Pitchfork Saturday  7-16-11 Union Park, Chicago

There is nothing better on a hot summer’s day as to spend it in a park, especially surrounded by live music, and thousands of like-minded people. Having just covered a familiar summer festival, Pitchfork was mostly new territory, new venue and new artists. Pitchfork is an annual 3 day event and I was only able to attend Saturday, but it was a great line-up.

Fleet Foxes were the headliners and the only band I knew and did not see live. I choose to watch the simulcast in my air-conditioned hotel room.  Pitchfork had 3 stages and two stages were simulcast via Pitchfork.com.

My personal attraction and wow factor came with Woods and then No Age, both bands came from different musical perspectives, but each drew huge crowds. Woods impressed me with their diversity. One song featured a member playing drums who then switched with a guitar player, who then played bass. Probably the cool factor was the use of the old school (elementary school) blue and white stock headphones.  The keyboardist (for lack of an instrumental description) used one of the ear pieces as a microphone, adding a very spacey feel.

Next surprise was No Age, a duo who looked to be in the vein of Black Keys, but quickly showed their own brand of alternative rock. With an almost flamboyant guitarist with mid length hair, one could at times see Angus Young.  As proof of their electricity, the photo pit was emptied after only two of the three song allotment due to a frenzied crowd.

The remainder of the festival I attended and enjoyed sets by Gang Gang Dance, G-Slide , Cold Cave, Julianna Barwick,  and DJ Shadow.

I read there were over 17,000 people by night’s end.

Pitchfork will return in 2012 with new artists and maybe a few established ones, regardless I will follow Pitchfork.com throughout the year and return for Pitchfork 2012.

Festival Line-up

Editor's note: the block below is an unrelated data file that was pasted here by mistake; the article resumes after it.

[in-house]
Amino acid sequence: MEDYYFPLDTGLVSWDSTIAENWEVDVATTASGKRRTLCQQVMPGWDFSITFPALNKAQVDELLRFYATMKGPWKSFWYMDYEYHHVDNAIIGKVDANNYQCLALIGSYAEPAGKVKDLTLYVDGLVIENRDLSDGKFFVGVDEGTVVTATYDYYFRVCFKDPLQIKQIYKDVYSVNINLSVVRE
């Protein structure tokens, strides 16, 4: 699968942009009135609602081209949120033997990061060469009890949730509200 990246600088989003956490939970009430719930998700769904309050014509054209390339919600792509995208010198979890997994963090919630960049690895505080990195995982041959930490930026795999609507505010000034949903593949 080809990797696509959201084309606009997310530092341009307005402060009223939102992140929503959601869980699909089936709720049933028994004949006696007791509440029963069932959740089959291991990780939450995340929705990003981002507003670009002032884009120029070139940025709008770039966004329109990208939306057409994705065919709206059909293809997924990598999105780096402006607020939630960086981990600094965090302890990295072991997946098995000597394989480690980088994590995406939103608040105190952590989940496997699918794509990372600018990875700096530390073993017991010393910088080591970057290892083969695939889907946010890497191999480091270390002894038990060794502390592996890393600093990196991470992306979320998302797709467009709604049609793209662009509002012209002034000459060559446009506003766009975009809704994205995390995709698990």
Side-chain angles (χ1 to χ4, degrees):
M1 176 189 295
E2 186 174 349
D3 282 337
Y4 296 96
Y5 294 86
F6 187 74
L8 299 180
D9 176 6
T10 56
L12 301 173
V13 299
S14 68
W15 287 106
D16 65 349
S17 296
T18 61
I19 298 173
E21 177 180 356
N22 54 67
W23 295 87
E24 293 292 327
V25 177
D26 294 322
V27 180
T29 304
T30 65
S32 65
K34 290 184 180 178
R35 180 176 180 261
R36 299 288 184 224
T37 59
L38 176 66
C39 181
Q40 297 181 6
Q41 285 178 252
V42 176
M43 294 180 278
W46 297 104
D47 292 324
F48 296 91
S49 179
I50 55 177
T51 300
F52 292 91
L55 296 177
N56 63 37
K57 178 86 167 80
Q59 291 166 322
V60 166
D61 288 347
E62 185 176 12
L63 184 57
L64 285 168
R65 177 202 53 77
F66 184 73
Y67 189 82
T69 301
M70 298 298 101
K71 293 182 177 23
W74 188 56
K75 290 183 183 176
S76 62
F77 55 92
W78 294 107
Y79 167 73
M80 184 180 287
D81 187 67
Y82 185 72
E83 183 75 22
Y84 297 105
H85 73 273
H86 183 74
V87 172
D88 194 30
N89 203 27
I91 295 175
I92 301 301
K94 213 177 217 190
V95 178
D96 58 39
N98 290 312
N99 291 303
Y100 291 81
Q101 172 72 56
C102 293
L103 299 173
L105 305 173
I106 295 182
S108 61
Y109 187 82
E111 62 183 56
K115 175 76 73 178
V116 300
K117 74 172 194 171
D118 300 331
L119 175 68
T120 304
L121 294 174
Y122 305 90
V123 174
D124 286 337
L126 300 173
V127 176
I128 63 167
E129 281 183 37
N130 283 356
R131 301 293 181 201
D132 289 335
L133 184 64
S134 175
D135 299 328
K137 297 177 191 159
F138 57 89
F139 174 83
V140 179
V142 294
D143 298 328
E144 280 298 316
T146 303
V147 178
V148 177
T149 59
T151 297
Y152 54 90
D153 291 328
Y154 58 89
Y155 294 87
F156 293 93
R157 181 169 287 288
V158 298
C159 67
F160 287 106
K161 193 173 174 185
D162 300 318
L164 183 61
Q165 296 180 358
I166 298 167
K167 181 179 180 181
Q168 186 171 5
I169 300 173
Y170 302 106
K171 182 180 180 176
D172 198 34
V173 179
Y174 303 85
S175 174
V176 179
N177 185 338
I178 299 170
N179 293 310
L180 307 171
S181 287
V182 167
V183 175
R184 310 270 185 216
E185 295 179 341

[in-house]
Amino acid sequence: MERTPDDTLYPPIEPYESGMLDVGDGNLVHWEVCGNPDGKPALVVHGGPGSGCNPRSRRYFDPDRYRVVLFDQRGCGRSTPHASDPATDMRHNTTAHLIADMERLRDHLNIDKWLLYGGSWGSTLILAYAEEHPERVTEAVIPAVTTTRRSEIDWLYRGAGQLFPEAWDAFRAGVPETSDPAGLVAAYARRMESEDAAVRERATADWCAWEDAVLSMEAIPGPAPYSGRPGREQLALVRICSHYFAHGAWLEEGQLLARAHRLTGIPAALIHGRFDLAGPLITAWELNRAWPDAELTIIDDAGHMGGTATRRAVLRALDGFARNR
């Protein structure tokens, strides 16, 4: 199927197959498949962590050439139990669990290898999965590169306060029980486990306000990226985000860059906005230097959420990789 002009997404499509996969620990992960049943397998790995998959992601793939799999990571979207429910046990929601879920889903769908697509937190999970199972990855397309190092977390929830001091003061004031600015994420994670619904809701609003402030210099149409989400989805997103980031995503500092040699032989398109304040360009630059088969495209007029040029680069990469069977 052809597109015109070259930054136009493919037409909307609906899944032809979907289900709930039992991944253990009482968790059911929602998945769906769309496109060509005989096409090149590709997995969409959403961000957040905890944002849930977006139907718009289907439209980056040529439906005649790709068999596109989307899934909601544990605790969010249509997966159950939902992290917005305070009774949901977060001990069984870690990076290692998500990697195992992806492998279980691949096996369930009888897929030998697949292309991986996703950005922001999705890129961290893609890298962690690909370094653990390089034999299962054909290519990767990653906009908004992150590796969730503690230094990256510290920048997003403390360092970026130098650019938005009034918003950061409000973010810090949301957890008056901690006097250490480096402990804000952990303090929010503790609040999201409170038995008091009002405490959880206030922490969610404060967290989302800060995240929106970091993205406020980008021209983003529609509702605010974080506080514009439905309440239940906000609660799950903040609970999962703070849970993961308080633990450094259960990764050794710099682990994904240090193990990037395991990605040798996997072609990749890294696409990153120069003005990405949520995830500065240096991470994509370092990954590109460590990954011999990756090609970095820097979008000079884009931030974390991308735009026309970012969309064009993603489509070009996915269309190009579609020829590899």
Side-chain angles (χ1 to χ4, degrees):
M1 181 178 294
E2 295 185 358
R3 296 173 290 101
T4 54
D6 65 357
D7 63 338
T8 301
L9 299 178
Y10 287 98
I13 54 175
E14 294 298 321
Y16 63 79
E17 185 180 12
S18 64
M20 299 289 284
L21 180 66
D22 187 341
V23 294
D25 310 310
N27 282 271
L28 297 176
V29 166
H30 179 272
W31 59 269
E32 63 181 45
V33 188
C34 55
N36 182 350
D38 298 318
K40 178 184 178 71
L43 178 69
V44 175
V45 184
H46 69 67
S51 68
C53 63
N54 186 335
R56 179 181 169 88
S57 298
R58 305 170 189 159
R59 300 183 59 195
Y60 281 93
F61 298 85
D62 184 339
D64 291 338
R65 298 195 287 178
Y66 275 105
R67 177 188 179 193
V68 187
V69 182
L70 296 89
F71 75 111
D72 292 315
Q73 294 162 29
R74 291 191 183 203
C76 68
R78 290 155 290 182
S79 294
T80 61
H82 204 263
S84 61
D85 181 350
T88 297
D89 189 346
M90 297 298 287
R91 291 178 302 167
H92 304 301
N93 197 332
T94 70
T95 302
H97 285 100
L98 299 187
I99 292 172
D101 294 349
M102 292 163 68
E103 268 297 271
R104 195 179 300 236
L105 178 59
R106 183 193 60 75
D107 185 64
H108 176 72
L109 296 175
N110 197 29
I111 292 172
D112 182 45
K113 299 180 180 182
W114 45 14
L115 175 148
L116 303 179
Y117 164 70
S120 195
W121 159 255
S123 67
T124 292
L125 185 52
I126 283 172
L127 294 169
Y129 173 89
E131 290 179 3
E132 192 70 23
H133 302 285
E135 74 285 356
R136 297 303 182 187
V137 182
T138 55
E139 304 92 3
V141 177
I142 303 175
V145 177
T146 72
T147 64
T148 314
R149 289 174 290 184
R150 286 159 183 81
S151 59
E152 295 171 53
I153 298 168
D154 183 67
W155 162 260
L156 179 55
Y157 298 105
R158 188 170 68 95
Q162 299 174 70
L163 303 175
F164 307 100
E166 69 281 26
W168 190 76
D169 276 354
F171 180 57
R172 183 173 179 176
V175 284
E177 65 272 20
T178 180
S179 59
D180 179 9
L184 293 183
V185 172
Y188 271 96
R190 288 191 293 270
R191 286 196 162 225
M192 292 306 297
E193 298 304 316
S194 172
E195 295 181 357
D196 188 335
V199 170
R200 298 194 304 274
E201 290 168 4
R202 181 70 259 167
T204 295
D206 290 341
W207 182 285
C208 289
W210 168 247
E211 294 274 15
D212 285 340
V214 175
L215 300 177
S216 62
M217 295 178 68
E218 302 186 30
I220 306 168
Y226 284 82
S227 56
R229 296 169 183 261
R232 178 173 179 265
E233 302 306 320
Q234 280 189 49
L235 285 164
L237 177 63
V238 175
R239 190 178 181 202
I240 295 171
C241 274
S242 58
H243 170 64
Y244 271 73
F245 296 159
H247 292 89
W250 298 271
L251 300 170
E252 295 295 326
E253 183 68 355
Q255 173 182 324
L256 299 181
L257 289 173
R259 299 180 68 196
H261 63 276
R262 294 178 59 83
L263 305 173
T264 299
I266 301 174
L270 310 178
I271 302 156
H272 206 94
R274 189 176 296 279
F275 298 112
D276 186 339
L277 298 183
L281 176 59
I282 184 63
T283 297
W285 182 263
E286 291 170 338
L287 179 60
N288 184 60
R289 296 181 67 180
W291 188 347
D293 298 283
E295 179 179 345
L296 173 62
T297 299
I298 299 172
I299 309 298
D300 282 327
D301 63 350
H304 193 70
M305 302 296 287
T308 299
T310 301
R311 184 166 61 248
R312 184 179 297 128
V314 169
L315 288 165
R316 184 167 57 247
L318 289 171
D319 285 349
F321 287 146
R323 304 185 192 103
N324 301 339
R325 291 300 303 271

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George Burrows' fascination with live music began in the 60's. He saw Cream on October 14, 1968, at Vets Auditorium in Des Moines, One year later Burrows attended The Denver Pop Festival in Mile High Stadium. He witnessed The Jimi Hendrix Experience's final gig on June 29, 1969. His list of artists included many who have shaped music for decades. Around 1993 Burrows become friends/colleagues with people in the music industry. He had developed an impressive networking resume which he used it to his advantage and began a concert photography website. He worked for free through multiple live music websites designed to promote live music and the often struggling artists and venues. His shoot for no pay was an obstacle with other photographers. Burrows’ sole purpose for LGS was for the art, not monetary means. He lived in the music environment and soon developed name recognition. After the loss of his brother, a professional drummer, in 2014, he became serious about becoming a drummer. Burrows began drum lessons. The LGS website, contributors and his studies did not match. In 2016 he was about to pull the plug on LGS and embrace drumming. After a chance consultation with one of the most highly regarded session drummers and programmers today he got his answer. Start a website featuring only drummers. With help, he launched https://www.drummersphotgrapher.com. Burrows added his passion for drumming with his expertise of live music photography by launching Drummer Photographer LGS.